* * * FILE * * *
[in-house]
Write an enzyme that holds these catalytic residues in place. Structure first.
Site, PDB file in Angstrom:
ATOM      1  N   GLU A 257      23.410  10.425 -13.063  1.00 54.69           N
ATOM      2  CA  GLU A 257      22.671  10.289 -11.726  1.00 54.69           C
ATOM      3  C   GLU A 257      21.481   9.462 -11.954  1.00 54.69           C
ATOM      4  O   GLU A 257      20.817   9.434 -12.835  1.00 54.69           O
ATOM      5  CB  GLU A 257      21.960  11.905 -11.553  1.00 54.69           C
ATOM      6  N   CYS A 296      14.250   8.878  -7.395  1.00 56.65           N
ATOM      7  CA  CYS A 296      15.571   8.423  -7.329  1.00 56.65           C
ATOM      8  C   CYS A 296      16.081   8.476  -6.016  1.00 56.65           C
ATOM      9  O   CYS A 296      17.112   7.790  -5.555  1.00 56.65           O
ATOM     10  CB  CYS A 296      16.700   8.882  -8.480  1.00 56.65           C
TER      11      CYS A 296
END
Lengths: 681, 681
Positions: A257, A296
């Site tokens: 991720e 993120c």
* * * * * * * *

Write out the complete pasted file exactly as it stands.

[in-house]
Write an enzyme that holds these catalytic residues in place. Structure first.
Site, PDB file in Angstrom:
ATOM      1  N   GLU A 257      23.410  10.425 -13.063  1.00 54.69           N
ATOM      2  CA  GLU A 257      22.671  10.289 -11.726  1.00 54.69           C
ATOM      3  C   GLU A 257      21.481   9.462 -11.954  1.00 54.69           C
ATOM      4  O   GLU A 257      20.817   9.434 -12.835  1.00 54.69           O
ATOM      5  CB  GLU A 257      21.960  11.905 -11.553  1.00 54.69           C
ATOM      6  N   CYS A 296      14.250   8.878  -7.395  1.00 56.65           N
ATOM      7  CA  CYS A 296      15.571   8.423  -7.329  1.00 56.65           C
ATOM      8  C   CYS A 296      16.081   8.476  -6.016  1.00 56.65           C
ATOM      9  O   CYS A 296      17.112   7.790  -5.555  1.00 56.65           O
ATOM     10  CB  CYS A 296      16.700   8.882  -8.480  1.00 56.65           C
TER      11      CYS A 296
END
Lengths: 681, 681
Positions: A257, A296
């Site tokens: 991720e 993120c």